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Heredity (Edinb). 2002 Mar;88(3):203-11.

Clonal reproduction and population genetic structure of grape phylloxera, Daktulosphaira vitifoliae, in Australia.

Author information

1
Centre for Environmental Stress and Adaptation Research, La Trobe University, Bundoora, Victoria 3086, Australia. A.Corrie@latrobe.edu.au

Abstract

The grape phylloxera, Daktulosphaira vitifoliae, is a viticultural pest that in the past has devastated vineyards worldwide, yet little is known about this insect's biology. The genetic structure of Australian populations of grape phylloxera and its mode of reproduction were studied following the development of four polymorphic microsatellite loci. Insects were collected from 28 vineyards, with a total of 361 insects included in the study. The majority of vineyards were infested by functionally parthenogenetic lineages of grape phylloxera that inhabit the root system and there was little support for the traditionally described holocyclic life cycle for this species. Clonal diversity was limited in all of the vineyard regions, with the exception of the Rutherglen region. A multiple founder scenario or occasional sex may contribute to diversity within the Rutherglen region. Leaf galling populations comprised classes distinct from the common genotypic classes identified on the roots, suggesting limited exchange between these groups. Implications for the management of D. vitifoliae are discussed.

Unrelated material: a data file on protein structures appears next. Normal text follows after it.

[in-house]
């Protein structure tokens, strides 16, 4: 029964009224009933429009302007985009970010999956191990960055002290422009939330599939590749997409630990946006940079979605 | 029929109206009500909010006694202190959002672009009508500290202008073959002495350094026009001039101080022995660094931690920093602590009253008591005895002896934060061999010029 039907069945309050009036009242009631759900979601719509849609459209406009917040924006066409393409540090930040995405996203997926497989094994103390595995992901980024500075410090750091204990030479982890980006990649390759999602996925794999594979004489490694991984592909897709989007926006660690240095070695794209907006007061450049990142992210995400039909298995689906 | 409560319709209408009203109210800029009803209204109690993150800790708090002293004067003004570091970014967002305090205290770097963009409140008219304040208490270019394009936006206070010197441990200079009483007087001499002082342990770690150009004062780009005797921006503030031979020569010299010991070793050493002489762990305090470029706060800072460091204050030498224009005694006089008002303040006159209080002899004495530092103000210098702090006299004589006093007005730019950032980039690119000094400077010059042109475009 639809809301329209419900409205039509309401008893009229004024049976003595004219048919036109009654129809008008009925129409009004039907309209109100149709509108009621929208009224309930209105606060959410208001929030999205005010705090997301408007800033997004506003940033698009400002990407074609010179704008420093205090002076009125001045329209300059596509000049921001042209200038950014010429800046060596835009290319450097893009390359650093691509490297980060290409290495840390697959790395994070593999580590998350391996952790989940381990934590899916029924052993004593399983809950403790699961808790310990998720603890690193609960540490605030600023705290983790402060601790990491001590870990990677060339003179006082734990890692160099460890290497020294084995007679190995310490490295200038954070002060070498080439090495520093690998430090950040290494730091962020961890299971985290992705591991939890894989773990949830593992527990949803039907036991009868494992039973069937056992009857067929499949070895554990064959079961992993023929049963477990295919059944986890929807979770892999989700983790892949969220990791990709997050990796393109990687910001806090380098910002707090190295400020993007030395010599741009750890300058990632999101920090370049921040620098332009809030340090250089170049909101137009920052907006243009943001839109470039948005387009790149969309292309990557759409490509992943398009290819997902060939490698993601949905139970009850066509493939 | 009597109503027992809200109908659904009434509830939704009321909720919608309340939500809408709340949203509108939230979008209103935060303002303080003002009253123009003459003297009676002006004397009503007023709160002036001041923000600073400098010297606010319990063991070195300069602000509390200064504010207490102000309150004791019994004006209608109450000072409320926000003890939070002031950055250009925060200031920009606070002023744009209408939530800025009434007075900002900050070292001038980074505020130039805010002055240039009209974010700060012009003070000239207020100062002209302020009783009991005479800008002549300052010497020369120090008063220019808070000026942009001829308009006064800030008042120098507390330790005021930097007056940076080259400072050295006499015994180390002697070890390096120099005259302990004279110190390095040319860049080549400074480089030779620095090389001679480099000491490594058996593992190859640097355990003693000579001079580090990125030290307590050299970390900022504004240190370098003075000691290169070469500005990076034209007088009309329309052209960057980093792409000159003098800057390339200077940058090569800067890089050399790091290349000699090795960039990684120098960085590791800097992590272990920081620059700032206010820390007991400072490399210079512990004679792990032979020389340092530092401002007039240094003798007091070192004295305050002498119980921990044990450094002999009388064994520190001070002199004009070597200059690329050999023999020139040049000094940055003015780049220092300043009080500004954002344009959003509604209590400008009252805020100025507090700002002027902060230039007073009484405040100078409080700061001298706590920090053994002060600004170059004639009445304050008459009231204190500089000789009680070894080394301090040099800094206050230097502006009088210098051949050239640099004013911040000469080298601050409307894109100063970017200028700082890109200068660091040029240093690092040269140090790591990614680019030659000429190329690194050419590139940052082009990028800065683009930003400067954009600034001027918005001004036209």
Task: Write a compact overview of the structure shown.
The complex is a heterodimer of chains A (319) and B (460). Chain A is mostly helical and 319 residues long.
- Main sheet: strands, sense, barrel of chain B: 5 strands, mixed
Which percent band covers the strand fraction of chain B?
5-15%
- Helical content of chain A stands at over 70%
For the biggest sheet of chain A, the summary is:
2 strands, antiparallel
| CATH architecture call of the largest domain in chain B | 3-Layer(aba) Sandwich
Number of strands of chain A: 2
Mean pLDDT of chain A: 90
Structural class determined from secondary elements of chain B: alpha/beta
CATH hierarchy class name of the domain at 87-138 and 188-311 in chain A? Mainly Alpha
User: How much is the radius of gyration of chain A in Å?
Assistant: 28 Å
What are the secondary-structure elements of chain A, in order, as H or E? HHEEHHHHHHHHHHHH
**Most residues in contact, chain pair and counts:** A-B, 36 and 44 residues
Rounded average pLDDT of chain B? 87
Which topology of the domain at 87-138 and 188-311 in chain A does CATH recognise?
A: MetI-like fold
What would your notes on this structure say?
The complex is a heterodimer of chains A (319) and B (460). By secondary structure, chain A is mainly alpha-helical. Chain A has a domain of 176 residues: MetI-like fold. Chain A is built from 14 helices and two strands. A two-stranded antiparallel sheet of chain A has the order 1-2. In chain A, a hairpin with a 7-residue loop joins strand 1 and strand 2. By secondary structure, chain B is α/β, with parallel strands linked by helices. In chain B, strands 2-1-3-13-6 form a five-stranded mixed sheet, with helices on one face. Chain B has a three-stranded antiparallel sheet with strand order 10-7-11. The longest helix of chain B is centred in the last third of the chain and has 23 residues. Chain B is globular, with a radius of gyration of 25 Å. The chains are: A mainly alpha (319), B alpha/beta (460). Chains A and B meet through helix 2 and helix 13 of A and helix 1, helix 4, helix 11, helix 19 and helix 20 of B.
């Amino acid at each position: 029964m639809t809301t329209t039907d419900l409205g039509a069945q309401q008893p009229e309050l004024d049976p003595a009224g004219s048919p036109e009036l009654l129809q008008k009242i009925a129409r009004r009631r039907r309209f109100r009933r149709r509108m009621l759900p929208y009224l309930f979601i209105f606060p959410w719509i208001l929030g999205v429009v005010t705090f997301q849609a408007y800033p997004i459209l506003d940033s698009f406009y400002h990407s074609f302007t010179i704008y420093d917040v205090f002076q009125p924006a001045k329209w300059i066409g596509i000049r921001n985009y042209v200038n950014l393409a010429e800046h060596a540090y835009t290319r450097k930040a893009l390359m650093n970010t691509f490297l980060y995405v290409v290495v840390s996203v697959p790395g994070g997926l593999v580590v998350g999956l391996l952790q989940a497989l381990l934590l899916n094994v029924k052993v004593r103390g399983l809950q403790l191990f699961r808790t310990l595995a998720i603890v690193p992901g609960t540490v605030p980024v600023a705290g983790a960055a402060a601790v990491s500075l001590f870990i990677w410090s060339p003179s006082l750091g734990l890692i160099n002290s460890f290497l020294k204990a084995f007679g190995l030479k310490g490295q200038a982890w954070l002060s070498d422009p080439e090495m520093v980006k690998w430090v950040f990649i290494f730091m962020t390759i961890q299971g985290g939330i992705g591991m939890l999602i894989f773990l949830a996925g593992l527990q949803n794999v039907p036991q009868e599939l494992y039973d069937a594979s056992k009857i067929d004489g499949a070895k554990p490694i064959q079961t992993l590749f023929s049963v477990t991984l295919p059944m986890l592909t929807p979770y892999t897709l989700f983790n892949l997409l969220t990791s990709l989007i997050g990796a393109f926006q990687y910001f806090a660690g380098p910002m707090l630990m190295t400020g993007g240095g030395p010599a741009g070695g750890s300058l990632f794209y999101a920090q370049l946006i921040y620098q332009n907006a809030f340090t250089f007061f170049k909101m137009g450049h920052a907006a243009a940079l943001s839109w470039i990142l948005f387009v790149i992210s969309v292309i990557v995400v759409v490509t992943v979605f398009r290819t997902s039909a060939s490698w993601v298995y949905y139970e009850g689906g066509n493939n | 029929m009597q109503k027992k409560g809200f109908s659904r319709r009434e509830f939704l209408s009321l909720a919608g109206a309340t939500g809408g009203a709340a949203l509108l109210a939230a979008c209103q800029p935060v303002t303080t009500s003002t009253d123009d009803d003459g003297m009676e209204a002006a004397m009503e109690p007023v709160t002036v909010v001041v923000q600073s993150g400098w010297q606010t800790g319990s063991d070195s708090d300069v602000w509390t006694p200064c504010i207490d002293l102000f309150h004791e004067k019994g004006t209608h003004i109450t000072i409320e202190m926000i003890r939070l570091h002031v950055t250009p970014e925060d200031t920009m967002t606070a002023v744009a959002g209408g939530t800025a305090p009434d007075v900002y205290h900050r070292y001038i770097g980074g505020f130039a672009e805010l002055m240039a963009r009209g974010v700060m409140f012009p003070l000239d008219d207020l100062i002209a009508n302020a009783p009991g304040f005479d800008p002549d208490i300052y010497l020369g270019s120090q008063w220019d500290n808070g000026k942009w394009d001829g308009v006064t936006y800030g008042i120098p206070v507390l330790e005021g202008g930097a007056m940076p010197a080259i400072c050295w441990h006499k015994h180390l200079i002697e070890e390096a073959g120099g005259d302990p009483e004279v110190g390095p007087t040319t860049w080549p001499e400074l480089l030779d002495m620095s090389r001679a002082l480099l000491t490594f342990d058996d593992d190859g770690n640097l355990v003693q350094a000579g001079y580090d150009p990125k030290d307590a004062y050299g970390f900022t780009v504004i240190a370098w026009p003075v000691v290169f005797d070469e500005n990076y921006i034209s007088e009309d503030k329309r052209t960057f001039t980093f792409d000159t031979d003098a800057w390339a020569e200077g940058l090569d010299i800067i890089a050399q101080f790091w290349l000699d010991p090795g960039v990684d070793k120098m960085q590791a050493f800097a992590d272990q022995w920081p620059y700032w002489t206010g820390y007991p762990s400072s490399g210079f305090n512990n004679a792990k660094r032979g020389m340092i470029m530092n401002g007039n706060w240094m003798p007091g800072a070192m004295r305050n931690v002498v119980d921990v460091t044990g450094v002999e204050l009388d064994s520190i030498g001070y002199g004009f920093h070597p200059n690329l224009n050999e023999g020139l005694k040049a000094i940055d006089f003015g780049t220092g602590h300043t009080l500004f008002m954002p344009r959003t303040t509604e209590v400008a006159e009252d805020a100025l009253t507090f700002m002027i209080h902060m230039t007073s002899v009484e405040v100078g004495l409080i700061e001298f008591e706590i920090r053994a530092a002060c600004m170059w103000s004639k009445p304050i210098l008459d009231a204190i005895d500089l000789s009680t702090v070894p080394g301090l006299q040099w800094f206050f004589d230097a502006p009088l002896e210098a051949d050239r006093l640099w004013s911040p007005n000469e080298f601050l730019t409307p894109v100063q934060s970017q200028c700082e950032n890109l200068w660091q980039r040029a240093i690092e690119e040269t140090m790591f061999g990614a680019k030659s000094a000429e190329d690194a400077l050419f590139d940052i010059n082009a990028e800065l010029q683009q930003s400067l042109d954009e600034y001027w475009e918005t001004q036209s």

PMID:
11920122
DOI:
10.1038/sj.hdy.6800028
[Indexed for MEDLINE]
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